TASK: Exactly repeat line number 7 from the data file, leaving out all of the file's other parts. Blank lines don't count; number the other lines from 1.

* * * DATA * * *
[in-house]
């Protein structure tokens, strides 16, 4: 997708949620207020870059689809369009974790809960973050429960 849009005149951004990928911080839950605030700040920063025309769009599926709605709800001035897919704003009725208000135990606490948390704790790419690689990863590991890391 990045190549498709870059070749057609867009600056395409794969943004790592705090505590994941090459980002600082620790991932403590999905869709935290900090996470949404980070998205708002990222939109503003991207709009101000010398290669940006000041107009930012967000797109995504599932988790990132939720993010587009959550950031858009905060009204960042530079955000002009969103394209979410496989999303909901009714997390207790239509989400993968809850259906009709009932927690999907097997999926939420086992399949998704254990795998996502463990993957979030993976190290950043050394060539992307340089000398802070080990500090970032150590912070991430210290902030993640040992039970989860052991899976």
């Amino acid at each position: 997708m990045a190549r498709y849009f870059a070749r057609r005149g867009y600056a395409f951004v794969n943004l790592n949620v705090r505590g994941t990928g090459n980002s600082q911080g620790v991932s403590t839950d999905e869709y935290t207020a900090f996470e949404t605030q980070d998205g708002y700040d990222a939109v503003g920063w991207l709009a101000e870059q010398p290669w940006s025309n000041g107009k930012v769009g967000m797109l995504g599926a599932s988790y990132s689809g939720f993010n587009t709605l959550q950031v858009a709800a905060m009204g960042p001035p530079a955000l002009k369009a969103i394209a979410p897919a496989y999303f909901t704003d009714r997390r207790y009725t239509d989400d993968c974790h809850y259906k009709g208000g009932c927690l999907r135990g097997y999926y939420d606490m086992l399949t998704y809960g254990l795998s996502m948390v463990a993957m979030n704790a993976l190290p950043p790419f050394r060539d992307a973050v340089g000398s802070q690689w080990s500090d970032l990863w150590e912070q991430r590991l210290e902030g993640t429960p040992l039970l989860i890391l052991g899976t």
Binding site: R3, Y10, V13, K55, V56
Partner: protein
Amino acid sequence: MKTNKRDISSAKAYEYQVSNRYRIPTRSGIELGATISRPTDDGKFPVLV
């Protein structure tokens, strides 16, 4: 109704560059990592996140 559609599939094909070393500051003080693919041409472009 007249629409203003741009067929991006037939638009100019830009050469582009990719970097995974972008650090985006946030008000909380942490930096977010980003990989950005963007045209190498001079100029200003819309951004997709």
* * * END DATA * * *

């Protein structure tokens, strides 16, 4: 109704560059990592996140 559609599939094909070393500051003080693919041409472009 007249629409203003741009067929991006037939638009100019830009050469582009990719970097995974972008650090985006946030008000909380942490930096977010980003990989950005963007045209190498001079100029200003819309951004997709």